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YouTube Wins vs. Telecinco In Spain 68

eldavojohn writes "A Spanish judge has dismissed a case brought against YouTube by Spanish television station Telecinco for violating Telecinco's intellectual property. The ruling reads in part: 'YouTube is not a supplier of content and therefore has no obligation to control ex-ante the illegality of those. Its only obligation is to cooperate with the holders of the rights in order to immediately withdraw the content once the infraction is identified.' Telecinco brought the case against YouTube when it found that episodes of its television programs were turning up on YouTube prior to their official air and release date on their television channel. Things are looking up for Google's video service as YouTube was granted safe harbor from Viacom earlier this year in the United States. You can find an official response from Google on their EU Policy Blog."
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YouTube Wins vs. Telecinco In Spain

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  • Re:weird (Score:2, Informative)

    by ntdesign ( 1229504 ) on Thursday September 23, 2010 @10:53AM (#33675636) Homepage

    Takedown notices only apply in the US

    And YouTube complies with US law. In fact, they make it very easy to send a takedown request: []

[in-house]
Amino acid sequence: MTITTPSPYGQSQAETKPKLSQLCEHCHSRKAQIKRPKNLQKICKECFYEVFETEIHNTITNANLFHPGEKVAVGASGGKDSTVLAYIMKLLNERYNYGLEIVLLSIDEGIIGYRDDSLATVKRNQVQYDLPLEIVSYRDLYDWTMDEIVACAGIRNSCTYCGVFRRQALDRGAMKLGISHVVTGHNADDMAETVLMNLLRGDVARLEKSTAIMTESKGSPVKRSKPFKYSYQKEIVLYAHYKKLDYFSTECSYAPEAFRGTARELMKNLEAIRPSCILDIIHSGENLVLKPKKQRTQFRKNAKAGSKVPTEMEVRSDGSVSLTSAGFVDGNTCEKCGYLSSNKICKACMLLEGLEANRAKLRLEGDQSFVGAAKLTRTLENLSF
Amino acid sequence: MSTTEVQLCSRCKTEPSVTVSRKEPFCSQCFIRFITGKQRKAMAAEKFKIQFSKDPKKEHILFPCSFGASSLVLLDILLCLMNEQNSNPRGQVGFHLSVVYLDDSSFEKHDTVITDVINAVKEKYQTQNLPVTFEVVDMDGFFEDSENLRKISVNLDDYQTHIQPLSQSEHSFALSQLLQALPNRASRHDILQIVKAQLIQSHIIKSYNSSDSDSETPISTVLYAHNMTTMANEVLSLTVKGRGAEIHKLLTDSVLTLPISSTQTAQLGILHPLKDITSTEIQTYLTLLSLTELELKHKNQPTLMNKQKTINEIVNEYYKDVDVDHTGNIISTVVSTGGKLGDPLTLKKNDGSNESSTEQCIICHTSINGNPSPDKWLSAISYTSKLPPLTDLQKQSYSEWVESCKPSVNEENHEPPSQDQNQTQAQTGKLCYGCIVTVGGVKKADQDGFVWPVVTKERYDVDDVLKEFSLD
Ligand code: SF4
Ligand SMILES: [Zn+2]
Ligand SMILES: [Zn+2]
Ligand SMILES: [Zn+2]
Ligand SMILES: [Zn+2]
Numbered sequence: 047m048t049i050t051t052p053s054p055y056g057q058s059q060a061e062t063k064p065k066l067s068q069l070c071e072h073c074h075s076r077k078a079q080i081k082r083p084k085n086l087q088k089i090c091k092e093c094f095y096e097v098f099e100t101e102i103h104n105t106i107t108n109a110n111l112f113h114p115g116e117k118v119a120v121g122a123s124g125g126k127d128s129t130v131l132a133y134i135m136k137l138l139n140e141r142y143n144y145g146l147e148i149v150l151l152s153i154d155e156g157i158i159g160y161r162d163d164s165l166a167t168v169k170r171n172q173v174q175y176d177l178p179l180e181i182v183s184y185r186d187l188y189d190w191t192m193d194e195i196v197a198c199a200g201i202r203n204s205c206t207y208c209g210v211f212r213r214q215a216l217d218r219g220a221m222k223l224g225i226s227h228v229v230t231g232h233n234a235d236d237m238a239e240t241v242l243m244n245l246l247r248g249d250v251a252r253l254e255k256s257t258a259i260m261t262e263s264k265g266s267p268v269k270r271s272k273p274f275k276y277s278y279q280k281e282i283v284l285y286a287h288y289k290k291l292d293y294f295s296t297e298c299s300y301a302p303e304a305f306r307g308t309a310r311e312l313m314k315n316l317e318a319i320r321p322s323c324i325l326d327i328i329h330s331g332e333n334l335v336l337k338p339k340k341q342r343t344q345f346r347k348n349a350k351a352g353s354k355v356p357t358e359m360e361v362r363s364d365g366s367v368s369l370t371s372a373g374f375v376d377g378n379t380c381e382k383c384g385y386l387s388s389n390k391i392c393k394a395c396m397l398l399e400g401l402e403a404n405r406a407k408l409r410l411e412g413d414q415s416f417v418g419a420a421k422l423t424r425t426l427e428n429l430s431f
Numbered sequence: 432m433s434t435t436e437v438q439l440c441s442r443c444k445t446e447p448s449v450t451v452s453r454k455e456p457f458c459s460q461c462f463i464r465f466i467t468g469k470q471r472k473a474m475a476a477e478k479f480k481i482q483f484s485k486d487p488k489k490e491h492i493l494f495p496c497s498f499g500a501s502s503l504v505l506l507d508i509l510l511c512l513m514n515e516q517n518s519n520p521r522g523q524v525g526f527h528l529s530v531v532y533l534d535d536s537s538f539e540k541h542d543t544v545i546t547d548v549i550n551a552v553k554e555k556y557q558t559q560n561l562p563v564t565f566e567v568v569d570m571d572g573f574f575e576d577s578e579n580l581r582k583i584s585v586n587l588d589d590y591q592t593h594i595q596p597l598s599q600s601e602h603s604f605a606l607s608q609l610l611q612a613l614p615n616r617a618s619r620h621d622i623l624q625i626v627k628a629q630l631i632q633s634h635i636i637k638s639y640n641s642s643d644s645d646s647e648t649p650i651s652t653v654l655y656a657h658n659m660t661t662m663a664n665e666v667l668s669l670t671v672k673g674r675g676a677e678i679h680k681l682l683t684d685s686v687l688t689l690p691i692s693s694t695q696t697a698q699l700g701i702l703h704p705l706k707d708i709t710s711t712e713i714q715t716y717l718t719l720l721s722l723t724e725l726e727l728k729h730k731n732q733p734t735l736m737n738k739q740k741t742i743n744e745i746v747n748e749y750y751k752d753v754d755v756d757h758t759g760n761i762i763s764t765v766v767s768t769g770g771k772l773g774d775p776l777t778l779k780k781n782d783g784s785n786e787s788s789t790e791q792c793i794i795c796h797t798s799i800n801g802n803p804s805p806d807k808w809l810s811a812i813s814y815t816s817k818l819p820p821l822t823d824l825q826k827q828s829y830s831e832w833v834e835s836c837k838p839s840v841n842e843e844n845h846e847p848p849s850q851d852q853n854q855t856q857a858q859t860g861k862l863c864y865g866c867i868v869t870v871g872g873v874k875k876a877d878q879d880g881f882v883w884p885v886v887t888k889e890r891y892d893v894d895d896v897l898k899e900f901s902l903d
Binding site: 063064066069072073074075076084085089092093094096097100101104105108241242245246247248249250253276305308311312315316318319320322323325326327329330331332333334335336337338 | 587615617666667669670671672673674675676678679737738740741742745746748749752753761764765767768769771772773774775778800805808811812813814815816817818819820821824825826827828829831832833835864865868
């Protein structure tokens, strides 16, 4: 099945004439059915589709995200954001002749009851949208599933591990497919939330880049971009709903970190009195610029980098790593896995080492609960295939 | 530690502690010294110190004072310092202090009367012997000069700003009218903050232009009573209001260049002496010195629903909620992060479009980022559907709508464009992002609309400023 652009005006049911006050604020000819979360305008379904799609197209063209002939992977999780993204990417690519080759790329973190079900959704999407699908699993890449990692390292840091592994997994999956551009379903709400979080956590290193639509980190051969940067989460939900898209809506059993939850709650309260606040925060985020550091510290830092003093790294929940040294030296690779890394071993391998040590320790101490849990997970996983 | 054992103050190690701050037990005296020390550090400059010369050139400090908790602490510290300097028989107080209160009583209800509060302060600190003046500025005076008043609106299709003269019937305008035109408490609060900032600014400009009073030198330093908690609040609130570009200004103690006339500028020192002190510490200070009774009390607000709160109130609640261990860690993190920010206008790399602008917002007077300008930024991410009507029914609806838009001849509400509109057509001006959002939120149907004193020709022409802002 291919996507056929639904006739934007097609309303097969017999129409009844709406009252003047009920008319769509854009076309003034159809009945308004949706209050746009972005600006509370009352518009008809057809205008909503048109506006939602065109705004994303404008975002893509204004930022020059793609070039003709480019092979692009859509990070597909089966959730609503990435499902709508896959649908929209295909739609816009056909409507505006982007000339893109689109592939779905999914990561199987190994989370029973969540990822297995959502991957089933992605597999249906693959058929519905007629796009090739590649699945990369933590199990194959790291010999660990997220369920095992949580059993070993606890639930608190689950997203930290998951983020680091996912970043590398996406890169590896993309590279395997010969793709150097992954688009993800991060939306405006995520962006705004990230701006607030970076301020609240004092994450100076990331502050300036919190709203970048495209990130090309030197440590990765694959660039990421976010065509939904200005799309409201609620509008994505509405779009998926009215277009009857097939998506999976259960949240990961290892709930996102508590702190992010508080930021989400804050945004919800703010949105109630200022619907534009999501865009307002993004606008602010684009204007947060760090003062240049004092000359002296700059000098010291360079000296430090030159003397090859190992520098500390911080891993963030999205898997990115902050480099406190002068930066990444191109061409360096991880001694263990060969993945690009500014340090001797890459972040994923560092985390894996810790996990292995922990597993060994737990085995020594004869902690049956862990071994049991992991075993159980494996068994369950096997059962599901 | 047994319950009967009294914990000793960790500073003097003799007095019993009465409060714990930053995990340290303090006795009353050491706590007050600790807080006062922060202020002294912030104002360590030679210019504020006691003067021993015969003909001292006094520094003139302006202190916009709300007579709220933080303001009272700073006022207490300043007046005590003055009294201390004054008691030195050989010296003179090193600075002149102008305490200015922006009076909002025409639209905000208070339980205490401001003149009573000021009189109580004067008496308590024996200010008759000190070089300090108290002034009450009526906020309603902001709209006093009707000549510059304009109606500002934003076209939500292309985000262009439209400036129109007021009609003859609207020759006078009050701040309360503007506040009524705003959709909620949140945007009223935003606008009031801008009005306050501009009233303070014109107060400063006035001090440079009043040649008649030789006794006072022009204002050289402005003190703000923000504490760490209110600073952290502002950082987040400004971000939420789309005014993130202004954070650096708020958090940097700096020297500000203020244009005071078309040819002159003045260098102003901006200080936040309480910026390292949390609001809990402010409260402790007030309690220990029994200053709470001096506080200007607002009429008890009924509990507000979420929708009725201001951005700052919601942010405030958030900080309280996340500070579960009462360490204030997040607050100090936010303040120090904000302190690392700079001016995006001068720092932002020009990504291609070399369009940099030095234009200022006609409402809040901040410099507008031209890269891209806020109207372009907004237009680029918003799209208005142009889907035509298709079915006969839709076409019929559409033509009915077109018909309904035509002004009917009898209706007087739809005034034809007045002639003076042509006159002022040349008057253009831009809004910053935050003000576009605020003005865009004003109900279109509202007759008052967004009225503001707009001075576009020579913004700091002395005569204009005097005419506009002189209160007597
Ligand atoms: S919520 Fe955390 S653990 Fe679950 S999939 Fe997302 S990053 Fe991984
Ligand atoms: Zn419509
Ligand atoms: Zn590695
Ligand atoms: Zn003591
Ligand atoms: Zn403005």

• Re:weird (Score:2, Informative)

    by xtracto ( 837672 ) on Thursday September 23, 2010 @10:54AM (#33675648) Journal

    You are wrong, there *are* takedown notices in Spain as well:

    La Comisión de la Propiedad Intelectual, órgano creado por el Ministerio de Cultura, se dirigirá al responsable de la página web que considera que ha vulnerado los derechos de Propiedad Intelectual y le pedirá la retirada del contenido conflictivo. Si éste no es retirado después de que la comisión lo haya solicitado hasta en dos ocasiones, el denunciado podrá presentarle sus alegaciones

    (too lazy to translate but Google is your friend)

    However, it seems in Spain there is a special comission who is the one in charge of issuing the notices, thus you cannot send everyone you like such kind of notices (well, you can, but they wont care).

    At least that is what I read from there, maybe a Spanish guy can shed more light?

  • by Anonymous Coward on Thursday September 23, 2010 @11:19AM (#33675960)

    Not completely. Only rulings by the "Superiour Spanish Court" (Tribunal Superior de Justicia) can be used as a precedent under the spanish law. Nevertheless, there have been *many* lawsuits against indexing sites (emule, torrent, megavideo, etc.) and *none* of them have been ruled out against the websites. Despite that, some of them settled by agreement where the website owner accepted a symbolic fine in exchange for preventing any further legal actions (and their associated lawsuit costs).

User hostile.